Al-Wāḥa Blog

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on the music of Al- Wāḥa

Published: March 16, 2018

Assalamu alaikum, everybody! Welcome back to the Al- Wāḥa blog! Today’s topic is on the songs of Al- Wāḥa. Everyone can agree that music and sound are a huge part of our daily lives. We listen to music for entertainment. It can also influence our mood by making us feel sadder, happier, or even just understood. In addition to that, music is an excellent educational tool, and in the case of foreign language education, it can make us feel significantly closer to the language, culture, and people we are studying. Therefore, it’s no surprise that Al- Wāḥa and Concordia Language Villages makes extensive use of music and singing to enhance our language immersion experience.

Some songs at Al- Wāḥa signal a change from one activity to the next, such as this song which alerts the villagers that it’s mealtime, or this one, which we sing when it’s time to go get ready for sleep. As you might notice, as the villagers are singing, they make gestures to help them connect the words that they are saying to the meanings of those words. This use of Total Physical Response (TPR) is essential to learning new songs and music, as Al- Wāḥa is an Arabic language immersion experience, meaning that instruction happens, with the exception of cabin council time, completely in Arabic. Because instruction is in Arabic, along with gesturing, we also spend a lot of time slowly going over the sounds of the words, and repeating the lyrics, speaking them, as well as singing them, so that villagers have an easier time learning new songs.

Along with the songs for mealtime and sleep time, we have taught villagers Arabic versions of Disney songs. We have also danced to Arabic songs, like Cairokee's "Etganen" and  Cheb Khaled's "C'est La Vie." In addition, we have been working on writing Arabic versions to familiar English songs. Recently, at the request of two of my amazing colleagues who will be on the Al- Wāḥa staff this summer as well, I wrote lyrics to Oasis’s “Wonderwall.” Although the song is still in progress, I thought it would be fun to introduce you, dear reader, to the lyrics, and in case any villagers coming this summer are reading this, perhaps they can get a head start on learning the song! Since I can’t be there to gesture what the words mean, and it would be a bit awkward to do it through video, I have illustrated portions of the lyrics to help you figure out what they mean. The corresponding Arabic words and their transliterations are bolded. At the end of the lyrics, I will give the translation of the illustrated words and the lyrics, and you can see how close you were to catching the meanings of those words! Sound fun?! Let’s get started!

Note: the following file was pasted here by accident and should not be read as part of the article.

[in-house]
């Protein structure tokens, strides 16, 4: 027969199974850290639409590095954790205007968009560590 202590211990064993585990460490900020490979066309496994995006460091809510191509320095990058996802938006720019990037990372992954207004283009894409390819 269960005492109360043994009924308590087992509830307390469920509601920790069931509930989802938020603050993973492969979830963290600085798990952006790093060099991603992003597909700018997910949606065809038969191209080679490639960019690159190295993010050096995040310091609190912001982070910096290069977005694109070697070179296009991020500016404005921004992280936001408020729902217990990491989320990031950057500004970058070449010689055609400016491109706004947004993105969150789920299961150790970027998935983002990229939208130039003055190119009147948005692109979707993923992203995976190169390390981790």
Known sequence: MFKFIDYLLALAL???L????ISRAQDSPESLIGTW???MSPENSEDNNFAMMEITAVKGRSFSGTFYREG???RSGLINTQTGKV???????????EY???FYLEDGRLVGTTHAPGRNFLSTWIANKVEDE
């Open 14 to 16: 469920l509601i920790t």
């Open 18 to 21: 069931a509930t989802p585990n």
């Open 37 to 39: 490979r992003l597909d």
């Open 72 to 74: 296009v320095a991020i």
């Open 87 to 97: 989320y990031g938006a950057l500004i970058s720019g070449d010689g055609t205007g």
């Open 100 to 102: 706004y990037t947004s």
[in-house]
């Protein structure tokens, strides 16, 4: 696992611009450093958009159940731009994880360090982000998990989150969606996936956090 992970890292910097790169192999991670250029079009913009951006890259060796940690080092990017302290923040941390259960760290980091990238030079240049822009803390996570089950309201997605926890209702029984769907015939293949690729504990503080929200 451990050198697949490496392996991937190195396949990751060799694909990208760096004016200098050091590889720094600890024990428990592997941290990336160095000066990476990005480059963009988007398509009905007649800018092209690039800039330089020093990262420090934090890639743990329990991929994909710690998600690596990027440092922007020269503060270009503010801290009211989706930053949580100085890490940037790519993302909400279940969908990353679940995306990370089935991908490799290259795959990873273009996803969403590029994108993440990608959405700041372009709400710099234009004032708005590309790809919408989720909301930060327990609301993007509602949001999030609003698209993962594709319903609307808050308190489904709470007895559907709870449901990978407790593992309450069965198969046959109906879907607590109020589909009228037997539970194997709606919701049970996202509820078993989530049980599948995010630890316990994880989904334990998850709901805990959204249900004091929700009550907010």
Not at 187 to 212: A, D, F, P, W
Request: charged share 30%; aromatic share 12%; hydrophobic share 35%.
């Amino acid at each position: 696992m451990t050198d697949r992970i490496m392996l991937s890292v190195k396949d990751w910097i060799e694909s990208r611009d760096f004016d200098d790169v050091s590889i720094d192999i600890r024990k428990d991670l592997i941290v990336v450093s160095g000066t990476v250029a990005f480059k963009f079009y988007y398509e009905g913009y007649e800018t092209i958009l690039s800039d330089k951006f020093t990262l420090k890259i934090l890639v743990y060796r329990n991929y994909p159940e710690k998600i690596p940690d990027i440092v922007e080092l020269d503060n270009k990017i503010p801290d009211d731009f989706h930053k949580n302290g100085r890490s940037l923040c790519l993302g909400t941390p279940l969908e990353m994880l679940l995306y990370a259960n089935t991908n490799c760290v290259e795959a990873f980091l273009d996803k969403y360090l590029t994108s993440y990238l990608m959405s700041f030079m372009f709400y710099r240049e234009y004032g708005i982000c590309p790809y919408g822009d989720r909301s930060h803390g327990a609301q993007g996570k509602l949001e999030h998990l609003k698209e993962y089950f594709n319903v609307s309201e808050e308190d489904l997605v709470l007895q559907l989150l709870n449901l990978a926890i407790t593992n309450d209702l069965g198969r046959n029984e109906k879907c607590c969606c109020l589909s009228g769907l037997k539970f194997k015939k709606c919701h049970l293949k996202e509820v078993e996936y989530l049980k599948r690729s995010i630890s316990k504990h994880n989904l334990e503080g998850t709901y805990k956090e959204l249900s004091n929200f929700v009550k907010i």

Al- Wāḥa - الواحة


اليوم صحيت الساعة سبعة

Il yowm s7ait il sa3a sab3a,











ع(لى) أغاني أم كلثوم

3a(la) aghani Umm Kalthoum.











أول ما دخلت القدس

Aw-wil ma dakhalt il-Quds,











شميت طعمية و فول

Shammait ta3miyya wi fool.











كل يوم أكلة جميلة

Kol yowm akla gameela,


وحدة من مليون

Wa7da min milyown,


من مليون

Min milyown.


و كل صاحب تلاقيه طول عمرك

Wi kol sa7ib tila2ii tool 3omrak.










و كل حاجة ما ينساها قلبك

Wi kol 7aga ma yinsaha albak.










عشان جايز

3ashan gayiz,










إنتي إلي هتنقذيني

Inti i -lli hatinqizeenee.










وبعد كل ده 

W ba3d kol da,


نكره الفراق

Nikrah il-firaq.












Al- Wāḥa.











كل يوم فيها سعادة

Kol yowm feeha sa3ada,











و مهما كان

Wi mahma kan,


نكره الفراق

Nikrah il firaq.


Here are the meanings behind the illustrations:

A. I woke up at 7 o'clock. Yes, what is written on the clock are the numbers in Arabic!

B. Umm Kalthoum, perhaps the most famous Arab singer to date, was active starting in the 1920s and is still extremely popular today!

C. al-Quds, or the Dome of the Rock in Palestine; also the name of our dining hall

D. Falafel (in the Egyptian dialect)

E. Friend

F. Heart

G. Maybe

H. Save me!

I. Parting

J. Al- Wāḥa translates to "oasis."

K. Happiness


How did you do?! Did you learn any new words?


Here is the translation of the lyrics:

Today, I woke up at 7 o'clock,

To the songs of Umm Kalthoum.

As soon as I entered al-Quds,

I smelled falafel and ful mudammas (crushed fava beans).

Every day, a wonderful meal,

One in a million,

In a million.


And every friend, you'll keep him for a lifetime.

And everything, you'll heart will never forget it.


Because maybe,

You'll be the one that saves me.

And after all that,

We hate parting.


Al- Wāḥa,

Every day there is happiness,

And no matter what,

We hate parting (from it).


I hope you enjoyed learning about the music of Al- Wāḥa and learning our new song! If you'd like to hear the song sung in Arabic, click here. Everyone is super excited to meet our new group of villagers, and we are already preparing for their arrival! See you inshallah this summer for the most exciting Al- Wāḥa experience yet!